The Japanese novelist Haruki Murakami has withdrawn from Sweden’s alternative to the Nobel prize for literature, citing a wish to concentrate on his writing.
Established in the wake of the sexual assault scandal that led to the postponement of this year’s literature prize, the New Academy Prize set out to be a “reminder that literature should be associated with democracy, openness, empathy and respect”.
在组织方给出的新文学奖名单中，共有47人入选，全球共有32000多人投票选出他们最喜爱的作家，最终有4人脱颖而出：除了村上春树，还有英国小说家Neil Gaiman、法属瓜德罗普小说家Maryse Condé以及加拿大籍越南裔作家金翠（Kim Thúy）。
Of the 47 authors nominated by Swedish librarians, over 32000 people from around the world have voted for their favourite candidates, which left four authors on the short list for the award: British fantasy author Neil Gaiman, Guadeloupean novelist Maryse Condé and the Vietnam-born Canadian author Kim Thúy.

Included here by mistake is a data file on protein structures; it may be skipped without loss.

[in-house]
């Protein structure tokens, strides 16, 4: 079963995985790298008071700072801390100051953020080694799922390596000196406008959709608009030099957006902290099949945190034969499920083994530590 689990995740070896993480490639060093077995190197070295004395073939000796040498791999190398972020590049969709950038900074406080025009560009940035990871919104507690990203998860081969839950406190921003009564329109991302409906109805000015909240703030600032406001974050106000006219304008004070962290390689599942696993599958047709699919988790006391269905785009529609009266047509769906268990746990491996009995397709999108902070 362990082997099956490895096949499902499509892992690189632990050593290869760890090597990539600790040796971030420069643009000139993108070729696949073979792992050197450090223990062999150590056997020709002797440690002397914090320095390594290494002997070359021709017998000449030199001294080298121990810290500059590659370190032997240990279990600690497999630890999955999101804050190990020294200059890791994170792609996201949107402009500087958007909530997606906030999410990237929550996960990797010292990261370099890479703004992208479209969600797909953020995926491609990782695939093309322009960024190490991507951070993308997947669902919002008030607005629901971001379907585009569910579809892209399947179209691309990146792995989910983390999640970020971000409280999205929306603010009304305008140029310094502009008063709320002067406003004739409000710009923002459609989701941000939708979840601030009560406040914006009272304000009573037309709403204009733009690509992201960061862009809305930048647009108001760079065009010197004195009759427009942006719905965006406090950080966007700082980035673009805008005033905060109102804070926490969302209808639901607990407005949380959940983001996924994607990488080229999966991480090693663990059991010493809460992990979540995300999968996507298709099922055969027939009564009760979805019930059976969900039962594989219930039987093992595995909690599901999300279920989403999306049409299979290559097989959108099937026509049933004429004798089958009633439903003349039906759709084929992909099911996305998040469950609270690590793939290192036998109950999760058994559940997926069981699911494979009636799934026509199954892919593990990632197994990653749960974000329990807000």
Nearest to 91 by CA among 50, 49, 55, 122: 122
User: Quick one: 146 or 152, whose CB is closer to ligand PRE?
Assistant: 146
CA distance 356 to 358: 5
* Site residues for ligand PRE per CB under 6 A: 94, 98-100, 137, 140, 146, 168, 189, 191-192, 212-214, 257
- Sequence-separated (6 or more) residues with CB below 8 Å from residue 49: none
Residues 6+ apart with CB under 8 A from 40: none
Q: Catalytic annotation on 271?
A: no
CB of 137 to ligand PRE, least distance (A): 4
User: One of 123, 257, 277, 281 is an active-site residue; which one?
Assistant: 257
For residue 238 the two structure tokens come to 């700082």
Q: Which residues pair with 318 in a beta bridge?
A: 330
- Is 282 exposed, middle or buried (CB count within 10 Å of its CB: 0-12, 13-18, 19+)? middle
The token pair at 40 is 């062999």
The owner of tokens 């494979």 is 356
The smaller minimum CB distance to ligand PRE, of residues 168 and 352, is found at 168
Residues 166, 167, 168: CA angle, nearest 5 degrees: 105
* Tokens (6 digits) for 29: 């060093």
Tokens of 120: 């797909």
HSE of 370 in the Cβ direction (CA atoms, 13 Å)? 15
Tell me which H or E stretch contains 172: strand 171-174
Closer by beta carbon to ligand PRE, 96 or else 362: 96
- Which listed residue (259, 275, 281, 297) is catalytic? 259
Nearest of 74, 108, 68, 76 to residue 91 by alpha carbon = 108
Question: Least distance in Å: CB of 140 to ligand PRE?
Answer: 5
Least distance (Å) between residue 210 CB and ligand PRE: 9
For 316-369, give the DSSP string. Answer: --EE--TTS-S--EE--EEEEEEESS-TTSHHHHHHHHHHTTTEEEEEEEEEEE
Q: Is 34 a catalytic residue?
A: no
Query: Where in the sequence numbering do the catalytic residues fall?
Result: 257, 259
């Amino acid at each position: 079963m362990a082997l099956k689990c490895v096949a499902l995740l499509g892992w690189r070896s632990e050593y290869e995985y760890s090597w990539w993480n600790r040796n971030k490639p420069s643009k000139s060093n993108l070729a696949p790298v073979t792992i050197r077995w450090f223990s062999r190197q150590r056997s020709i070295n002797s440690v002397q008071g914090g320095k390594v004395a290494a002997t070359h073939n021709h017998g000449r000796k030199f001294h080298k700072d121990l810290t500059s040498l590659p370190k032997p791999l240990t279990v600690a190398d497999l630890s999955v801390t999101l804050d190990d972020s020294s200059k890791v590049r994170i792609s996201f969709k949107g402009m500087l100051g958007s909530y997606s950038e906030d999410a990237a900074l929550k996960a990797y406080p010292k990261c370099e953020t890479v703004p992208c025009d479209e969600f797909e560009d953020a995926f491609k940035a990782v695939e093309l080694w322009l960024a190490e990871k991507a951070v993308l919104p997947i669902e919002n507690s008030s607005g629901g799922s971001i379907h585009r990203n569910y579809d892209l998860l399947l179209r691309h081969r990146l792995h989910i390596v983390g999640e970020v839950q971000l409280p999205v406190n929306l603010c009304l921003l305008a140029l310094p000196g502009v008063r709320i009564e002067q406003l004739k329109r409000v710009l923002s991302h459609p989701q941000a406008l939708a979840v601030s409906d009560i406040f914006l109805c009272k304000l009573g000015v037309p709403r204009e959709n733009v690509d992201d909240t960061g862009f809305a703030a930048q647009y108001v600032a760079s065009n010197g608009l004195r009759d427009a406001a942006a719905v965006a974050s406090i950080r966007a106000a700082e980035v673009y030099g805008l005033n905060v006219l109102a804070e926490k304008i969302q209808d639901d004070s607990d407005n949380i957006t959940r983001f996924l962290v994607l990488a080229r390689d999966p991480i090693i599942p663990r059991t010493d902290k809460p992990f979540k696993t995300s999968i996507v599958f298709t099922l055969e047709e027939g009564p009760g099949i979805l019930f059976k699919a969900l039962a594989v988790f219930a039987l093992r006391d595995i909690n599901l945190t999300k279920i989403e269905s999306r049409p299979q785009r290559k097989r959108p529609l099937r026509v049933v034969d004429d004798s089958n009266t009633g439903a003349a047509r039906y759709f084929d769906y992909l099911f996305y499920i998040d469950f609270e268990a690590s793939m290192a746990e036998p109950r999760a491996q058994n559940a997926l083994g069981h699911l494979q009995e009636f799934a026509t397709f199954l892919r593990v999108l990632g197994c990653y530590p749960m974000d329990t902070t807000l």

Murakami, 69, has won several literary prizes, such as the Franz Kafka Prize in 2006, the Jerusalem Prize in 2009, and the Hans Christian Andersen Literature Award for 2016.
The award organisers have revealed that when the final four authors were notified, Murakami asked for his nomination to be withdrawn.
The New Academy said in a statement that Murakami had emailed them saying that it was a great honour to be shortlisted. But “Murakami then said his preference is to concentrate on his writing, away from media attention … The New Academy regrets but respects his decision.”
According to the organisers, the three remaining candidates have “all expressed enthusiasm for their nomination for the prize”.